I just want to go back to the transportation. You comment that you got $38 million in logistics year-over-year. Is that a lot about backhaul or is it truly rerouting ships? And I guess where I'm going with this as you bring New Zealand back and you get a lot more tons in that part of world, is there another function of dropping all-in costs as we move forward before we get to Geismar?

John Floren

Well I think it's all of the above, and where we did get a big blow to our company in 2007-2008 when we lost our Chile assets and the knockoff effect was we were over-shipped over-tanked over a lot of things and it takes years to work that through. I think we've gotten really, really good at backhauling and we're doing way more backhauls than we ever have and those are profitable for the company.

The New Zealand is very interesting. I mean, the more molecules we have in New Zealand we ship them up to Asia and most of the time, if not all the time, we're bringing back gasoline and diesel to Australia and New Zealand. So those are really, really attractive for our freight situation.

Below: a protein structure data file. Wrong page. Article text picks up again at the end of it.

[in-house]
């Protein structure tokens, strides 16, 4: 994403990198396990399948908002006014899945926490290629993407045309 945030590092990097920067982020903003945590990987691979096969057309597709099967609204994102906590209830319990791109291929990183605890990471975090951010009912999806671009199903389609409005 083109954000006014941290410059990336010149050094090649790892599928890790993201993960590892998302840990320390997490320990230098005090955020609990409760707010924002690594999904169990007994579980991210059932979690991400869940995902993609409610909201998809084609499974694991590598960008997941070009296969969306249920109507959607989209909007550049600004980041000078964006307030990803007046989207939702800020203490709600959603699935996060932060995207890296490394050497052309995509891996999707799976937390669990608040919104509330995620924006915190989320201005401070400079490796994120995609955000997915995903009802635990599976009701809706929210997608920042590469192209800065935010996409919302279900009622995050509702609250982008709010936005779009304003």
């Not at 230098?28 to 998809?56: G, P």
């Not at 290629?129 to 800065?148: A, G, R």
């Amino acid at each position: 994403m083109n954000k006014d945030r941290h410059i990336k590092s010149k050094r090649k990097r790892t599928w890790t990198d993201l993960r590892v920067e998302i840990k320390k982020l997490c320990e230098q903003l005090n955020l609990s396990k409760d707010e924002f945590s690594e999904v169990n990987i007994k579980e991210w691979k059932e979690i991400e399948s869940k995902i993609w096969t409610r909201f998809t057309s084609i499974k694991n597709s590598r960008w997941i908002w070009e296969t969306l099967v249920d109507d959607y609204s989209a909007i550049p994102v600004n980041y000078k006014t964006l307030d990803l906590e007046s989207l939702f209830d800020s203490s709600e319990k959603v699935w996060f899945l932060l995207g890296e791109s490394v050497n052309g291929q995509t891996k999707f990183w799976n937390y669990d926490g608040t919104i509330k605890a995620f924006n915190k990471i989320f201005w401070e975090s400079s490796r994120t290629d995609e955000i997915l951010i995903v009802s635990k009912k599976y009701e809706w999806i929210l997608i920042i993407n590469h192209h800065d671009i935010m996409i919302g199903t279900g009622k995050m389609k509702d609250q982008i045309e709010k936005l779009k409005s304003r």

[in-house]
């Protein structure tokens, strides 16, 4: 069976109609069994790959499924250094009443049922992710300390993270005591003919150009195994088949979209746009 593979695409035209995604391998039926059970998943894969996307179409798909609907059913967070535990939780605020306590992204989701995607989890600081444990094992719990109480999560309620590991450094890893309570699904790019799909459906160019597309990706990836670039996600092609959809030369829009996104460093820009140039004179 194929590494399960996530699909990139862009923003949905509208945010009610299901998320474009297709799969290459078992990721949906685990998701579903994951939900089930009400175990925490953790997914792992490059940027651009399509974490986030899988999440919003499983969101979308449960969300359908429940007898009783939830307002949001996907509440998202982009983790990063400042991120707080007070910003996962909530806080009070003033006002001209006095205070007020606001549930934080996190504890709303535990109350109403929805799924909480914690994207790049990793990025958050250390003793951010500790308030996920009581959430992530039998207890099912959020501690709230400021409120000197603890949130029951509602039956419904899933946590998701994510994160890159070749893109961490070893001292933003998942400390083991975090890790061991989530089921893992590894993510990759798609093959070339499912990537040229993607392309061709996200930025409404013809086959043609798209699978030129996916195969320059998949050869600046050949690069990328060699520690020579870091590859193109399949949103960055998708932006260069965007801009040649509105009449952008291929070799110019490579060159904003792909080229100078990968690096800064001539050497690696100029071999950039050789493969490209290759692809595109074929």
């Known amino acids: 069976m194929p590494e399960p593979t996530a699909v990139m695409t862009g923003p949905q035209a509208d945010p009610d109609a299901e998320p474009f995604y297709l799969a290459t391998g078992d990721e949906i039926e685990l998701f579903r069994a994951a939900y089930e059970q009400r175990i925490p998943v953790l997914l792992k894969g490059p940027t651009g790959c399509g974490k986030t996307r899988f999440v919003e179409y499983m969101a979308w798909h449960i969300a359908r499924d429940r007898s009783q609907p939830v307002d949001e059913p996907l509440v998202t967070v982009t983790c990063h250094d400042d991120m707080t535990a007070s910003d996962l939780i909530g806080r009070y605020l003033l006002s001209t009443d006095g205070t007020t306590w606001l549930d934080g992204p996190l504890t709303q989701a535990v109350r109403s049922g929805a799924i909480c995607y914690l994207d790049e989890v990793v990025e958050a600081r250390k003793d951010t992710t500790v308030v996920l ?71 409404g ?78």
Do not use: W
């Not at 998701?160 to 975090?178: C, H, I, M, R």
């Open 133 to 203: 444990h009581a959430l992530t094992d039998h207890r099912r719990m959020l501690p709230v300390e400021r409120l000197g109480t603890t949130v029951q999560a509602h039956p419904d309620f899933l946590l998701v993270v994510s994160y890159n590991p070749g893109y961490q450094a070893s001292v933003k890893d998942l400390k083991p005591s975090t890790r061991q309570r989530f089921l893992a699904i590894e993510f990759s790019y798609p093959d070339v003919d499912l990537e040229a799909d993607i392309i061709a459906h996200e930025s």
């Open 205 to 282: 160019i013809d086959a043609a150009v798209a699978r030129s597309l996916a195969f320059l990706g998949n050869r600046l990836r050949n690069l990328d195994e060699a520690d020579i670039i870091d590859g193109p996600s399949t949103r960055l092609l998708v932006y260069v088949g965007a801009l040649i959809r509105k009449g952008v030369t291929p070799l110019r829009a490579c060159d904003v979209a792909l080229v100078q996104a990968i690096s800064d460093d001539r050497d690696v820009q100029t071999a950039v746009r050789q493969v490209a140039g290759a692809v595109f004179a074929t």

So I continue to believe our teams are going to do an outstanding job and continue to improve our logistics cost, may be not to the order of magnitude we saw in 2012 versus 2013 but we're going to continue as we get more and more molecules in our system whether there are own or others to be able to optimize our supply chain. And the more molecules we have going through the same number of ships or slightly more than same number of tanks slightly more and your cost per ton goes down quite nicely. So I think directionally we're going to continue to improve our situation.

Brian MacArthur - UBS Securities

And just on the lease shipping capacity I forget what it was used to have some and then you gave some up. Are you well set up to get where you do need all this at the higher run rate of 8 million tons?

John Floren